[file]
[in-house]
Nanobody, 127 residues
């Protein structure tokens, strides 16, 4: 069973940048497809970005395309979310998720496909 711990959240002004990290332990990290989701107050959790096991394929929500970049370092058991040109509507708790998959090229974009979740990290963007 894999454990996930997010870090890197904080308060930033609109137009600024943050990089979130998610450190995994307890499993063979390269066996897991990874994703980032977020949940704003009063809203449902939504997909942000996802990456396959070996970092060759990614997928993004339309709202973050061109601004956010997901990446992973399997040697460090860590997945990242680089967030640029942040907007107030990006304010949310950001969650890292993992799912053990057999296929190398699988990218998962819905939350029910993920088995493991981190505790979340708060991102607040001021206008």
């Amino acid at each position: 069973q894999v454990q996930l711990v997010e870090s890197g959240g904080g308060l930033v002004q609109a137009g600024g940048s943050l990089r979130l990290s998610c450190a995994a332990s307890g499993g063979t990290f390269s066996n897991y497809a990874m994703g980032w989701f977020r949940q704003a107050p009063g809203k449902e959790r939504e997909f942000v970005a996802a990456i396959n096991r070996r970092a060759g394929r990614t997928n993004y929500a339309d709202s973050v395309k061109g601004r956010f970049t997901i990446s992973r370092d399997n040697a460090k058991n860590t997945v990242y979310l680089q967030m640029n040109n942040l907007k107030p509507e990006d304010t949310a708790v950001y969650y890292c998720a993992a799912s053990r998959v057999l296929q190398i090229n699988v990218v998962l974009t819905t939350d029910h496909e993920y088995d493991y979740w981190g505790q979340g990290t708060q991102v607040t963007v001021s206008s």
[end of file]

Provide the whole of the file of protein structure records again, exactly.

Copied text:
[in-house]
Nanobody, 127 residues
């Protein structure tokens, strides 16, 4: 069973940048497809970005395309979310998720496909 711990959240002004990290332990990290989701107050959790096991394929929500970049370092058991040109509507708790998959090229974009979740990290963007 894999454990996930997010870090890197904080308060930033609109137009600024943050990089979130998610450190995994307890499993063979390269066996897991990874994703980032977020949940704003009063809203449902939504997909942000996802990456396959070996970092060759990614997928993004339309709202973050061109601004956010997901990446992973399997040697460090860590997945990242680089967030640029942040907007107030990006304010949310950001969650890292993992799912053990057999296929190398699988990218998962819905939350029910993920088995493991981190505790979340708060991102607040001021206008």
């Amino acid at each position: 069973q894999v454990q996930l711990v997010e870090s890197g959240g904080g308060l930033v002004q609109a137009g600024g940048s943050l990089r979130l990290s998610c450190a995994a332990s307890g499993g063979t990290f390269s066996n897991y497809a990874m994703g980032w989701f977020r949940q704003a107050p009063g809203k449902e959790r939504e997909f942000v970005a996802a990456i396959n096991r070996r970092a060759g394929r990614t997928n993004y929500a339309d709202s973050v395309k061109g601004r956010f970049t997901i990446s992973r370092d399997n040697a460090k058991n860590t997945v990242y979310l680089q967030m640029n040109n942040l907007k107030p509507e990006d304010t949310a708790v950001y969650y890292c998720a993992a799912s053990r998959v057999l296929q190398i090229n699988v990218v998962l974009t819905t939350d029910h496909e993920y088995d493991y979740w981190g505790q979340g990290t708060q991102v607040t963007v001021s206008s």